77% of claims submitted identified providers as potential actor; only two claims identified HIEs
New ONC data shows almost 300 claims of healthcare organizations allegedly blocking access to patient data. Since information blocking regulations went into effect last April, the ONC has received 274 possible claims of information blocking.
Of those claims, 176 were submitted by patients. The majority of claims submitted (211) identified a “health care provider” as the potential actor, with 42 claims naming health information technology developers, and only two claims identifying health information exchanges.
Claim Counts by Types of Claimant
Claim Counts by Potential Actor
Source: Information Blocking Claims: By the Numbers – https://www.healthit.gov/data/quickstats/information-blocking-claims-numbers
“…the circumstances described in the claims may offer insight into potential impediments to EHI access, exchange, or use,” wrote ONC executives Rachel Nelson and Cassie Weaver in a release article. “Though we cannot tell through simple triage whether a particular claim represents information blocking as defined in the regulations, some of the concerns described in the claims we have received appear on their face consistent with examples of practices likely to interfere with access, exchange, or use of EHI that we described in ONC’s Cures Act proposed and final rules.”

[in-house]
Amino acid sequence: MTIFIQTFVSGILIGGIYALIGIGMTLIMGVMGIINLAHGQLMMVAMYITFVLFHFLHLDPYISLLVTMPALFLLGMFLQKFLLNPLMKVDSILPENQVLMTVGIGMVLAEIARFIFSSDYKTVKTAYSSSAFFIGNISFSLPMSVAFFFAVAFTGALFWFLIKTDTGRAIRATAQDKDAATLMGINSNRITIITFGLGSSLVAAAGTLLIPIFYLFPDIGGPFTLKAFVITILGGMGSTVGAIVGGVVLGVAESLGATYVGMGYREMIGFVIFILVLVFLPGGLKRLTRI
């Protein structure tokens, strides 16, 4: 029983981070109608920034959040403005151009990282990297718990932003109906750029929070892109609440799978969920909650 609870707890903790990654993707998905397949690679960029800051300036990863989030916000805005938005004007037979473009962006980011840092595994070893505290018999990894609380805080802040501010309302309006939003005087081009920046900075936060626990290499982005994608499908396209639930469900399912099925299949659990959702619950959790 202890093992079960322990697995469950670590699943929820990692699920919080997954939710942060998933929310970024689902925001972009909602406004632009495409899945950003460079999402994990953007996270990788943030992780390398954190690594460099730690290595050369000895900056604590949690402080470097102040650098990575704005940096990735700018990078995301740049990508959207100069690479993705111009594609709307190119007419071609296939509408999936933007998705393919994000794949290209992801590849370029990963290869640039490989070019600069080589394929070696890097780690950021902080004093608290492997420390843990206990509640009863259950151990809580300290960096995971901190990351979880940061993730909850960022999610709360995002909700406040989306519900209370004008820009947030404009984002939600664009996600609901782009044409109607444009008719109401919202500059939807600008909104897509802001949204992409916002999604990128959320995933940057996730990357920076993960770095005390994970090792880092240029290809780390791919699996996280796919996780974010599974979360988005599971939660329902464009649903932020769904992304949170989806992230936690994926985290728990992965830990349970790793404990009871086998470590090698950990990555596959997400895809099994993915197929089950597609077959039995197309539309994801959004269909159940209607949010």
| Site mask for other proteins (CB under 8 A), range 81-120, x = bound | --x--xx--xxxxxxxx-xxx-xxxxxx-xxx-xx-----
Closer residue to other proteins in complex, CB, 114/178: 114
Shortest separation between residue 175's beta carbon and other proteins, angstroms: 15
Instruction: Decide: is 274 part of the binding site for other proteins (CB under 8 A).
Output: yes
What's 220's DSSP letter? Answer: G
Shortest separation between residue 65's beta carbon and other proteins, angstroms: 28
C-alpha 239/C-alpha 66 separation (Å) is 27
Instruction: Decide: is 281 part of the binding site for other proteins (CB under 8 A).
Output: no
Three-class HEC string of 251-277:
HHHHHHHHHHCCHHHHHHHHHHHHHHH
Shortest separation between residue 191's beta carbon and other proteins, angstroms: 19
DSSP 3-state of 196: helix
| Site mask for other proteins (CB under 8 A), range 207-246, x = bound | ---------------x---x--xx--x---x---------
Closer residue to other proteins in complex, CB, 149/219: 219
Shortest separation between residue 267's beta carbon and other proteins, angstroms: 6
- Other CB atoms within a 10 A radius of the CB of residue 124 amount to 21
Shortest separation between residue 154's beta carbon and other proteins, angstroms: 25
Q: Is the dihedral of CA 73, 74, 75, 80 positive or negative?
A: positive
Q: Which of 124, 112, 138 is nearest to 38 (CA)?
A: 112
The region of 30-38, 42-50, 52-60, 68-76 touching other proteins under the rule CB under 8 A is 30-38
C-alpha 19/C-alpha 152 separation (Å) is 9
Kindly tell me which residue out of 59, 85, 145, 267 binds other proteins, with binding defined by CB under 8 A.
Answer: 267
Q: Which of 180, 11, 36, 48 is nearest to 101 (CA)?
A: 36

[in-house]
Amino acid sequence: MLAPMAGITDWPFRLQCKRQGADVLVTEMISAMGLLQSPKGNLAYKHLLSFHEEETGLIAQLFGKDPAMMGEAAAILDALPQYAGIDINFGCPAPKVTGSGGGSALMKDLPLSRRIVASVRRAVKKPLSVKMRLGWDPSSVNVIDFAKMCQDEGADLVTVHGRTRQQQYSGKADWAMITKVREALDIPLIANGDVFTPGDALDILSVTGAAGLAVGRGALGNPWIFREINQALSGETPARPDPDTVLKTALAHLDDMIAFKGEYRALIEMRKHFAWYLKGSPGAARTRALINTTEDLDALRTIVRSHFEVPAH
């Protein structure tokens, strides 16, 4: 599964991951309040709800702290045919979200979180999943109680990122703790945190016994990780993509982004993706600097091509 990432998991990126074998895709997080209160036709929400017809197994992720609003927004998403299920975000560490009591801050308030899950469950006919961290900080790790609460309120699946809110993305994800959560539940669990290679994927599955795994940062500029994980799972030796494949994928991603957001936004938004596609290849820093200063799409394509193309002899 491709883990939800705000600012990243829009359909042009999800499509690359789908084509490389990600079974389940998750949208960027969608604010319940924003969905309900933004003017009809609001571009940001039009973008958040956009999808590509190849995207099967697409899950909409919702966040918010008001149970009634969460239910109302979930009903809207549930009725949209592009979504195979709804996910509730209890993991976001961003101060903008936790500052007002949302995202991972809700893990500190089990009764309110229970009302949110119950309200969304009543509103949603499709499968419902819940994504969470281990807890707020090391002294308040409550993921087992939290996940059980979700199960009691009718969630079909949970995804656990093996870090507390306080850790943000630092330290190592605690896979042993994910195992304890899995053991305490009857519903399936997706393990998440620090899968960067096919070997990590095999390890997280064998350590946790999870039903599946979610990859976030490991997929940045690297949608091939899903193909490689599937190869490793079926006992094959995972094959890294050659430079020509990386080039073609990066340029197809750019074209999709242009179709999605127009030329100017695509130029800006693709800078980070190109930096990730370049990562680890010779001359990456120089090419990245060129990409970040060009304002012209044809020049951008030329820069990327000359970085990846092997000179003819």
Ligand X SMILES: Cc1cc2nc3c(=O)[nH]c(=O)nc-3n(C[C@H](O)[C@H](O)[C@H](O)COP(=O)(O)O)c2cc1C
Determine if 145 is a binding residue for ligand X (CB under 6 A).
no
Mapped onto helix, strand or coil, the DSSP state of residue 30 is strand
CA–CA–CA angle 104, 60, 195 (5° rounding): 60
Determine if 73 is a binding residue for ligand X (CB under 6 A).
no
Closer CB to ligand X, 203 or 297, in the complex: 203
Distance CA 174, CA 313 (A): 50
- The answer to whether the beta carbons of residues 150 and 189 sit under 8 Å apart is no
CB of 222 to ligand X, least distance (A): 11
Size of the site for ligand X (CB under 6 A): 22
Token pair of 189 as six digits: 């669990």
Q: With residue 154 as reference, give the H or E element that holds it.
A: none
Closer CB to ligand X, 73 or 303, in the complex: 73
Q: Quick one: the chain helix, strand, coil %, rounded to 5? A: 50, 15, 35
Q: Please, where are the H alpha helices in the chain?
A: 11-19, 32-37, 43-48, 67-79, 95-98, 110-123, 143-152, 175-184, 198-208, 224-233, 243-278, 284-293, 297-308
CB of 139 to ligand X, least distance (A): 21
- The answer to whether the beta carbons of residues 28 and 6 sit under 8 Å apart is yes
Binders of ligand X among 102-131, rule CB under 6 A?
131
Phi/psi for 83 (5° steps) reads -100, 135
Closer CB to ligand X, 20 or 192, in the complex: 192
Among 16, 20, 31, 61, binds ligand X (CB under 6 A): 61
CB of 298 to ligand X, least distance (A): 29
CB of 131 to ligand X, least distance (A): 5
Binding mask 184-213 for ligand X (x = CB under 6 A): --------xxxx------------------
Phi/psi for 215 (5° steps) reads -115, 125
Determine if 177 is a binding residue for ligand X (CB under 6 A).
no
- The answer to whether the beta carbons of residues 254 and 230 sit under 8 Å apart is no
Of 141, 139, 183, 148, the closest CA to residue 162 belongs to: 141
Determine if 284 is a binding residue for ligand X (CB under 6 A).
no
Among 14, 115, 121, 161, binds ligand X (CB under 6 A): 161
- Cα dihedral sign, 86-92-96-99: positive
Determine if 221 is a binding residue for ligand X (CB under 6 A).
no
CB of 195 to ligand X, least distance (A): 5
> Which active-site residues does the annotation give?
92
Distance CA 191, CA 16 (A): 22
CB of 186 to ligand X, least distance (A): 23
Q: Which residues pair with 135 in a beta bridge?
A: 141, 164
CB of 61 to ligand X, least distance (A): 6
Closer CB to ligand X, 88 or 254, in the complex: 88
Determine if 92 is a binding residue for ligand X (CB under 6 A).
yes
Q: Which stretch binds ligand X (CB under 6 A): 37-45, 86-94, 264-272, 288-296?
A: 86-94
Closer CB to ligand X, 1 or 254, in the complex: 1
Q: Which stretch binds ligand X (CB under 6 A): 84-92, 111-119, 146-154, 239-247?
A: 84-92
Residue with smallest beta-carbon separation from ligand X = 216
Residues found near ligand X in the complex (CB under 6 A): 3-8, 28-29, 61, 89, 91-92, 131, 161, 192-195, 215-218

Claims of potential data blocking were received through the Report Information Blocking Portal and the ONC plans to release updated data each month on a dedicated Information Blocking web page.
In accordance with the 21st Century Cures Act, the ONC seeks to stop certain information blocking practices. New rules were issued in 2020 regarding information blocking regulations with compliance dates going into effect April 5, 2021.
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